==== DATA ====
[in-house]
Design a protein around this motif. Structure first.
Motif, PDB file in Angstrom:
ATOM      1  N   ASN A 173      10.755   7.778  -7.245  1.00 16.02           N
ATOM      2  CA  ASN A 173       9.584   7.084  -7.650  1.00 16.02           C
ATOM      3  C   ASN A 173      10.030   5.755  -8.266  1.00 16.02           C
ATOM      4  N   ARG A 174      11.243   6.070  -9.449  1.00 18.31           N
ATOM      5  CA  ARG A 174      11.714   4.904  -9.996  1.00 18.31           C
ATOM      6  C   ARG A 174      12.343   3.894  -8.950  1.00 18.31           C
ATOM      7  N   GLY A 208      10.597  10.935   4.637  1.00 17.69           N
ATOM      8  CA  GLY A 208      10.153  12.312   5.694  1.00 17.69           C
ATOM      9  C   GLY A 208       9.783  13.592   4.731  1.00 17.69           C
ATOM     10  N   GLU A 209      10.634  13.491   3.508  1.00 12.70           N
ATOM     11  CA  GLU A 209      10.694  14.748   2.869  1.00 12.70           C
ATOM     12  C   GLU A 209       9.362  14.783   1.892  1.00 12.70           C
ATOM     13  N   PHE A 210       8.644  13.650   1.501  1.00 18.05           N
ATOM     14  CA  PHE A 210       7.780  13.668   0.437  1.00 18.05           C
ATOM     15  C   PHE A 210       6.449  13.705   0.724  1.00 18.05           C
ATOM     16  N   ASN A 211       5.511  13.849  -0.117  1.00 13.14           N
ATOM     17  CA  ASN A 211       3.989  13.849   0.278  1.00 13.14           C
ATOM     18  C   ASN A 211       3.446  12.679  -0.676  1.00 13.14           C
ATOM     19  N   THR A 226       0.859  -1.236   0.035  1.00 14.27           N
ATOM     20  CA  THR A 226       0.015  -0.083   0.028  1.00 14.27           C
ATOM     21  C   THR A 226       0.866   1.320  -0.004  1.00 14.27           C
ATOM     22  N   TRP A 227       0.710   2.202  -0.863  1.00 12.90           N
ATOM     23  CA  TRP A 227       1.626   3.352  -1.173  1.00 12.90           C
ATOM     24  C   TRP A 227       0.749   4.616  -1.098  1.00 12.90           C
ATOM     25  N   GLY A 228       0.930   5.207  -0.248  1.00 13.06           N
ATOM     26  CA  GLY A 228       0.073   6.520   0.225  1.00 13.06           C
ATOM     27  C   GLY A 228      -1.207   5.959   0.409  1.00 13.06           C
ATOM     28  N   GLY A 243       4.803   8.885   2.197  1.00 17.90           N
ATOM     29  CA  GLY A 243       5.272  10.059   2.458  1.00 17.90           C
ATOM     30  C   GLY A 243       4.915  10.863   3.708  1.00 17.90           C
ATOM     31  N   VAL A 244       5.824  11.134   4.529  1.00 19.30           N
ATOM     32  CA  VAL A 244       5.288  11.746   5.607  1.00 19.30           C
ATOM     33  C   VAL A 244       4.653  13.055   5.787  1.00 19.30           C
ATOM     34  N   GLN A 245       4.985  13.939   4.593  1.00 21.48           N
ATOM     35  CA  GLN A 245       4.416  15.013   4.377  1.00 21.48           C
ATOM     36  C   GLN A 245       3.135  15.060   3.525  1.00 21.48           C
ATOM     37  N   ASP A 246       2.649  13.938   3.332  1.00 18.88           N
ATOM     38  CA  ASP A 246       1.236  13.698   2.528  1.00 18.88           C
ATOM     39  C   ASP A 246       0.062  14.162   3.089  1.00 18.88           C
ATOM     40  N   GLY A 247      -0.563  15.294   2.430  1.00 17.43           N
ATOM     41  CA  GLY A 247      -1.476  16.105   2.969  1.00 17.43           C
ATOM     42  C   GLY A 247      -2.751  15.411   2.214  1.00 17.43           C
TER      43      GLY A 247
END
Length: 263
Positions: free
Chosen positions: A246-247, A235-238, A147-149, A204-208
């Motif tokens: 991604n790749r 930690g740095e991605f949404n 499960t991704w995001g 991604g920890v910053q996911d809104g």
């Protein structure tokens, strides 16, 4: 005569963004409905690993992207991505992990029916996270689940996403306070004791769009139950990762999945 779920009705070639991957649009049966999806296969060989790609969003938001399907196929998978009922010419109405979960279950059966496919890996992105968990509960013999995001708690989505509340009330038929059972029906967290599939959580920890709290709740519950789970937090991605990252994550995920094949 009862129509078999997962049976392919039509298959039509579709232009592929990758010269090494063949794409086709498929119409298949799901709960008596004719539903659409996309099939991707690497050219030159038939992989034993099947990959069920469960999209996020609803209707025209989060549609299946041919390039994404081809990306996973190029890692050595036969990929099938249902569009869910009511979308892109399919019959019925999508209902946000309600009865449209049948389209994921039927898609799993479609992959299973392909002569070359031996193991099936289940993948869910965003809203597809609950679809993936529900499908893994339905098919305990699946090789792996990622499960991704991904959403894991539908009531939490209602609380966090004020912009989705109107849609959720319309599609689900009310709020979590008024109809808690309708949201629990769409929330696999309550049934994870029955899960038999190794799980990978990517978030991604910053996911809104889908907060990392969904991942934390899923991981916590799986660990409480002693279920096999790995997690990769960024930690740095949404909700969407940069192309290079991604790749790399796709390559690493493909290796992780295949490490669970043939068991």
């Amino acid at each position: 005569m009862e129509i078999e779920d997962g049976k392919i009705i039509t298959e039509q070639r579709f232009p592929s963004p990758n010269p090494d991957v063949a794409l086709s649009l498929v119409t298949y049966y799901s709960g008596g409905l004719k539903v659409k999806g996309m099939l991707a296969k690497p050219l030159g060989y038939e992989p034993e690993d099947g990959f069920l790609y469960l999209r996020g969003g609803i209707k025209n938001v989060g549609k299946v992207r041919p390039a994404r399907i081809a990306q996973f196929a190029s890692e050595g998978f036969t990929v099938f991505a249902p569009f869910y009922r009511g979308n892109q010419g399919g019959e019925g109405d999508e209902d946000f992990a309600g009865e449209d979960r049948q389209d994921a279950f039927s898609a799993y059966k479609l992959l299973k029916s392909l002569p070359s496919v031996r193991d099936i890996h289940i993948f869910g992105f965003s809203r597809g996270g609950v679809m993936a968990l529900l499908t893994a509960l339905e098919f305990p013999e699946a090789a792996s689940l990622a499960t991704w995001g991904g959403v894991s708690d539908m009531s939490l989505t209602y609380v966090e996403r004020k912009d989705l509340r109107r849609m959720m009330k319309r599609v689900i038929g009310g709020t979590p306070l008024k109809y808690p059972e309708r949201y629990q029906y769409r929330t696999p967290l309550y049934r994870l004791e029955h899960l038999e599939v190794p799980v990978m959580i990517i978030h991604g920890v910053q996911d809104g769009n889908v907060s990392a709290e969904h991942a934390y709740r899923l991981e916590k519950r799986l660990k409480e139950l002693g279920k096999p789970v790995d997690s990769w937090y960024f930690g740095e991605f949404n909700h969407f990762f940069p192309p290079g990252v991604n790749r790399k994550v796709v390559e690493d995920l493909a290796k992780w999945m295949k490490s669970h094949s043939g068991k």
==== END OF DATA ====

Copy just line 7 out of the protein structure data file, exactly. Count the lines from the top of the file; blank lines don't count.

ATOM      4  N   ARG A 174      11.243   6.070  -9.449  1.00 18.31           N